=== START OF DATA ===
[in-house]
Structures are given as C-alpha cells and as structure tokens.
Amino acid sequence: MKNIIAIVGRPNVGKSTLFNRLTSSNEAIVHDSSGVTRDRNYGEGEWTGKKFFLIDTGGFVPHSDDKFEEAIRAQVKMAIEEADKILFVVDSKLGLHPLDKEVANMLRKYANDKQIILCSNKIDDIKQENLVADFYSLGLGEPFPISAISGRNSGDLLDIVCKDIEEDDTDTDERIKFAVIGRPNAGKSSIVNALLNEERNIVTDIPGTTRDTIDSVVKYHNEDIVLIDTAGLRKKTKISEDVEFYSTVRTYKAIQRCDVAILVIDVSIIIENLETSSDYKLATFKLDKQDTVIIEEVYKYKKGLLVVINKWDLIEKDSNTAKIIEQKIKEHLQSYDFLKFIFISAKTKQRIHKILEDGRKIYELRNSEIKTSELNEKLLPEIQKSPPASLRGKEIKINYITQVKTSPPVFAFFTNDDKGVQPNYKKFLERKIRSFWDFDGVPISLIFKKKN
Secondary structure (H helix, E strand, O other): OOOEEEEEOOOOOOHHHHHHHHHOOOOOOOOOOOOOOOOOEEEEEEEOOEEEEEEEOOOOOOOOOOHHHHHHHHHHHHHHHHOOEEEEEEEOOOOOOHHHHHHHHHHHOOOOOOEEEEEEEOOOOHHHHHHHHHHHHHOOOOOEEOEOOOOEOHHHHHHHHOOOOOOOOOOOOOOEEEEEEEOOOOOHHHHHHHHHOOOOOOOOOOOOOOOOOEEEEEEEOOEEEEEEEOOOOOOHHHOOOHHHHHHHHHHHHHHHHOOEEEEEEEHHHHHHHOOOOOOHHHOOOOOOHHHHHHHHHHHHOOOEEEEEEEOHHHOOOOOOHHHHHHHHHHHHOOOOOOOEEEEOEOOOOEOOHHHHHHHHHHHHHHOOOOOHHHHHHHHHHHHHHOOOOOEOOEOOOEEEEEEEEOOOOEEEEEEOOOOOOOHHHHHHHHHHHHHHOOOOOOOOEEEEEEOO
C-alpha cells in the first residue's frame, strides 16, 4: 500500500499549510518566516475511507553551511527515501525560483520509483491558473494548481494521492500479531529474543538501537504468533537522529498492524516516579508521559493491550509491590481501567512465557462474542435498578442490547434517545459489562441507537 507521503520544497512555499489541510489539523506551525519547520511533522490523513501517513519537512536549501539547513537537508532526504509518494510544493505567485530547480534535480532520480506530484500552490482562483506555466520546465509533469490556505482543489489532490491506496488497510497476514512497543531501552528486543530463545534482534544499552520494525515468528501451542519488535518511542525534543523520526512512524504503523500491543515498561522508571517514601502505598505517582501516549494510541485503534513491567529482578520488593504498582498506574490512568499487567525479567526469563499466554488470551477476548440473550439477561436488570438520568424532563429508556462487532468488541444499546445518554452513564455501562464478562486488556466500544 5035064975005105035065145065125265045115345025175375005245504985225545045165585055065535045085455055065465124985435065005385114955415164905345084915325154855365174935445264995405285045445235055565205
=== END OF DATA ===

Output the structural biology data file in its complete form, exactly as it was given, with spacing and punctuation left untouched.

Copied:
[in-house]
Structures are given as C-alpha cells and as structure tokens.
Amino acid sequence: MKNIIAIVGRPNVGKSTLFNRLTSSNEAIVHDSSGVTRDRNYGEGEWTGKKFFLIDTGGFVPHSDDKFEEAIRAQVKMAIEEADKILFVVDSKLGLHPLDKEVANMLRKYANDKQIILCSNKIDDIKQENLVADFYSLGLGEPFPISAISGRNSGDLLDIVCKDIEEDDTDTDERIKFAVIGRPNAGKSSIVNALLNEERNIVTDIPGTTRDTIDSVVKYHNEDIVLIDTAGLRKKTKISEDVEFYSTVRTYKAIQRCDVAILVIDVSIIIENLETSSDYKLATFKLDKQDTVIIEEVYKYKKGLLVVINKWDLIEKDSNTAKIIEQKIKEHLQSYDFLKFIFISAKTKQRIHKILEDGRKIYELRNSEIKTSELNEKLLPEIQKSPPASLRGKEIKINYITQVKTSPPVFAFFTNDDKGVQPNYKKFLERKIRSFWDFDGVPISLIFKKKN
Secondary structure (H helix, E strand, O other): OOOEEEEEOOOOOOHHHHHHHHHOOOOOOOOOOOOOOOOOEEEEEEEOOEEEEEEEOOOOOOOOOOHHHHHHHHHHHHHHHHOOEEEEEEEOOOOOOHHHHHHHHHHHOOOOOOEEEEEEEOOOOHHHHHHHHHHHHHOOOOOEEOEOOOOEOHHHHHHHHOOOOOOOOOOOOOOEEEEEEEOOOOOHHHHHHHHHOOOOOOOOOOOOOOOOOEEEEEEEOOEEEEEEEOOOOOOHHHOOOHHHHHHHHHHHHHHHHOOEEEEEEEHHHHHHHOOOOOOHHHOOOOOOHHHHHHHHHHHHOOOEEEEEEEOHHHOOOOOOHHHHHHHHHHHHOOOOOOOEEEEOEOOOOEOOHHHHHHHHHHHHHHOOOOOHHHHHHHHHHHHHHOOOOOEOOEOOOEEEEEEEEOOOOEEEEEEOOOOOOOHHHHHHHHHHHHHHOOOOOOOOEEEEEEOO
C-alpha cells in the first residue's frame, strides 16, 4: 500500500499549510518566516475511507553551511527515501525560483520509483491558473494548481494521492500479531529474543538501537504468533537522529498492524516516579508521559493491550509491590481501567512465557462474542435498578442490547434517545459489562441507537 507521503520544497512555499489541510489539523506551525519547520511533522490523513501517513519537512536549501539547513537537508532526504509518494510544493505567485530547480534535480532520480506530484500552490482562483506555466520546465509533469490556505482543489489532490491506496488497510497476514512497543531501552528486543530463545534482534544499552520494525515468528501451542519488535518511542525534543523520526512512524504503523500491543515498561522508571517514601502505598505517582501516549494510541485503534513491567529482578520488593504498582498506574490512568499487567525479567526469563499466554488470551477476548440473550439477561436488570438520568424532563429508556462487532468488541444499546445518554452513564455501562464478562486488556466500544 5035064975005105035065145065125265045115345025175375005245504985225545045165585055065535045085455055065465124985435065005385114955415164905345084915325154855365174935445264995405285045445235055565205